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Someday soon

I haven’t written for a while. I haven’t really felt up to it. But today marked three months since my grandfather’s passing. Oupa Marais. He used to say: A Bester always scares forward. When he died, an old friend from the US said of my Oupa going home to be with the Lord: “No worries, Chris, we will get there someday soon - in the meantime let’s try and be half the men Oupa was.” If you could picture the Big Friendly Giant in human form, that was my Oupa. Not only in stature, but in spirit, too. Once as a young man in the early 1950s, he drove a tractor 500kms over three days from Port Elizabeth to Molteno in the dead of winter. Driving on a mountain path another time, the road gave way under his Land Cruizer and it rolled a couple of kilometers down the mountainside. Momentarily trapped, he pushed himself out from behind the wheel and walked home. Bruised and bloody, he walked in and sat down, asking my Ouma only for a cup of tea. At the age of 79, he rode his last endurance race on horseback. The whole way he felt something in the back of his chest. Turned out later it was an aortic aneurism. He finished the race, nonetheless, and beat the aneurism too.


He was a skilled hunter, an accomplished rider, an award-winning farmer. But most of all, he was the ultimate family man. Married to my Ouma for 63 years, he embodied loyal love. After they found that aneurism, he had open-heart surgery. Not one to ever exaggerate or tell tall tales, he only once after told through tears how he saw a great light, a vast crowd across a river and heard a warm, strong voice welcome him home. “I can’t leave her just yet,” he begged. And woke up to live on another 12 years with Ouma. When my dad died, my Oupa walked in and said: “I’m your dad now”. And he lived up to it. He asked to see our school reports, he put us through university, he was at our graduations. He taught us how to drive, how to saddle up a horse, how to work hard. He loved watching rugby with us, telling us about the history books he’d been reading, hearing about our travels. He was there for us in every sense, even when we weren’t around. At the age of 80, having never touched a computer, he bought himself a laptop and learnt to use it, just to stay in touch with family.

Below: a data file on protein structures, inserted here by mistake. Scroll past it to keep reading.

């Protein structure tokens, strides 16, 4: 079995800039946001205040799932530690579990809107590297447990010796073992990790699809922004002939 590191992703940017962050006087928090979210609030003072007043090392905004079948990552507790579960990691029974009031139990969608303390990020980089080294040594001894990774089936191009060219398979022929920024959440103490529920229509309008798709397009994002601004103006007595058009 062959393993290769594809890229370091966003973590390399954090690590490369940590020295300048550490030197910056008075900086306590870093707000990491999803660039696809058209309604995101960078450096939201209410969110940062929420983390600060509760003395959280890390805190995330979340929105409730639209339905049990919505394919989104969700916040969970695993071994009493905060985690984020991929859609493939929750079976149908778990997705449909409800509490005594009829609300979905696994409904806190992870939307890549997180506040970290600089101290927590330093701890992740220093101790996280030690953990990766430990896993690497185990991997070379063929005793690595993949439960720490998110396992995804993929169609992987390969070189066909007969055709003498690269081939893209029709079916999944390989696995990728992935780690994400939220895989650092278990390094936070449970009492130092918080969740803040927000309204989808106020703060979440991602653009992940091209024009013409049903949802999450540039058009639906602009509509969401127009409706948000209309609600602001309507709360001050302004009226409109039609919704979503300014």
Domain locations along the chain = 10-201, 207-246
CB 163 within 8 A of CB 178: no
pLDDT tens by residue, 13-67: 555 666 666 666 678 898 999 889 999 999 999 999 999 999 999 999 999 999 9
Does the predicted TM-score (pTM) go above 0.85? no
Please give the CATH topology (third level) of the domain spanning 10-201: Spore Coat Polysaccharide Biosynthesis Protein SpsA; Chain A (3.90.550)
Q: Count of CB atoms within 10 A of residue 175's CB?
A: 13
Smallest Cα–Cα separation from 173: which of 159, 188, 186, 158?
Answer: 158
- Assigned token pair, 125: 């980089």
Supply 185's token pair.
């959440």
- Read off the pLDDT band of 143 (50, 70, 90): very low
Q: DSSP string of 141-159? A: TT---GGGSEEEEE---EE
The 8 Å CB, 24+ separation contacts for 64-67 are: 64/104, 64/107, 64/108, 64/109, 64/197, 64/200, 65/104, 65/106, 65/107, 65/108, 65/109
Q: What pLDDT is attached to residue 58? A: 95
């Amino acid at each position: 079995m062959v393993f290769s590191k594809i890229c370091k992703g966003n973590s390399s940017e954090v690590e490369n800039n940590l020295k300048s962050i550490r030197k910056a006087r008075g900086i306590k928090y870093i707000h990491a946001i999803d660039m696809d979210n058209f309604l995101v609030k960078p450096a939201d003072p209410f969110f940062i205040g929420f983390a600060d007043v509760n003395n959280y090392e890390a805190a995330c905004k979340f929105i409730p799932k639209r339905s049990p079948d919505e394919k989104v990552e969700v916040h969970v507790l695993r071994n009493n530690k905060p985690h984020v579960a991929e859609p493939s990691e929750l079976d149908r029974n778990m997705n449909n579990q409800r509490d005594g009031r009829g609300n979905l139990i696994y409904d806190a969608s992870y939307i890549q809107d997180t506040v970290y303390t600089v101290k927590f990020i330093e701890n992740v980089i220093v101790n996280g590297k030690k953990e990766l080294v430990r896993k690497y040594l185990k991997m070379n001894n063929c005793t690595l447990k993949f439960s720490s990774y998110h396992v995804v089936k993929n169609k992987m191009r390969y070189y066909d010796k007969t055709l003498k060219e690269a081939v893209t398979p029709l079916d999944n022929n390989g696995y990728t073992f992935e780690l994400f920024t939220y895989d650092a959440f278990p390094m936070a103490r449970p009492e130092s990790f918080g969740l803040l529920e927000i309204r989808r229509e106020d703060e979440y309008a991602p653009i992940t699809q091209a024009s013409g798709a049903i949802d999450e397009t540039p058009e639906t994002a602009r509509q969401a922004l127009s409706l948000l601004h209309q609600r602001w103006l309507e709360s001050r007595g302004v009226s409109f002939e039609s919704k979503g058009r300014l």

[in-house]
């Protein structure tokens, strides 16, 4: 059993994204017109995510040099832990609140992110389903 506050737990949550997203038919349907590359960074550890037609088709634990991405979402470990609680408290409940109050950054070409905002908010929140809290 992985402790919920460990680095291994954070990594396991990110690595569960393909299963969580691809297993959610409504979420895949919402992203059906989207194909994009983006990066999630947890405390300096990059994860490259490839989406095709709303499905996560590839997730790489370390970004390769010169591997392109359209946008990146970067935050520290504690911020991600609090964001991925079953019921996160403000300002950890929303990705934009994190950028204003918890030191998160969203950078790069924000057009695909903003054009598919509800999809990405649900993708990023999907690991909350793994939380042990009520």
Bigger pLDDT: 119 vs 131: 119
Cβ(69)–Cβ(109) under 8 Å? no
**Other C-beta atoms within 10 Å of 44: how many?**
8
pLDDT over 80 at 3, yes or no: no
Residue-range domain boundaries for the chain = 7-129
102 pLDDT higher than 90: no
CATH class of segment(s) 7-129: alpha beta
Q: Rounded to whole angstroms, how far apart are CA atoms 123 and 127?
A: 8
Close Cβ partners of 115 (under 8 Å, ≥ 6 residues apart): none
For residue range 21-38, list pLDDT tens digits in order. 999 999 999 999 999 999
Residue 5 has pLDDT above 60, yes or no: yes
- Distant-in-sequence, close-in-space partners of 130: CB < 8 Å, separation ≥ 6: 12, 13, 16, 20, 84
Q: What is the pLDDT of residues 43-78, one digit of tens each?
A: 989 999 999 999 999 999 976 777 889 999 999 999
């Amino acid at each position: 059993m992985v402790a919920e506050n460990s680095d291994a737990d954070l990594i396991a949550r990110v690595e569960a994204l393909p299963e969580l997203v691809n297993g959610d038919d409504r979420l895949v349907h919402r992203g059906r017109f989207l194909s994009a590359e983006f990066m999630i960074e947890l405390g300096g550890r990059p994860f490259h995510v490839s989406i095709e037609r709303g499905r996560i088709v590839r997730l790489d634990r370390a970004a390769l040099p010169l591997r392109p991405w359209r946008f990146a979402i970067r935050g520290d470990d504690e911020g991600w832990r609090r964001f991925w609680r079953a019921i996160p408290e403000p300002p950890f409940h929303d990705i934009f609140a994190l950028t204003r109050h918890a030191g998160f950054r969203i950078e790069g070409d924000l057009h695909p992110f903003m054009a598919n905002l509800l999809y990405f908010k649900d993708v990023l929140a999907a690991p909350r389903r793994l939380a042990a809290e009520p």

His loss didn’t sink in until I went home recently. I drove up and he didn’t come out to greet me and ask me how my trip was. He didn’t invite me in for a cup of coffee and a rusk. He didn’t gently squeeze my elbow with his larger-than-life hands. But the air hung heavy with his legacy. I could see it in my Ouma’s eyes. She was frail and the tears were never far away. “The longing is ever-present,” she said. But under the surface, there’s an equally ever-present joy in her. She’s got immense spunk in her own right. I came to visit to encourage her, and there, she flipped it all on its head and gives me pep-talk after pep-talk. I can’t help but think my Oupa would be happy to hear it. He loved her so well. The size of the hole he’s left behind is a monument to his love for us all.


“Heavenly Father, hold us in the hollow of your hand,” my Oupa used to pray. I can’t help but picture my Oupa’s big old hands when I pray that now myself. As fathers go, he was a stellar representative of our Heavenly Father. Of course, he wasn’t the complete parent, as no one is. But despite the difficulties, the droughts, the disasters, he kept on in faith, hope and love. He had walked with King Jesus. And King Jesus had walked with him. I’m still tracing their footsteps, and probably will be for a while. I do hope to be half the man he was. The King, I mean. My Oupa wouldn’t like to be put on a pedestal like that.




Walk with the King… someday soon He'll wipe away all the tears.

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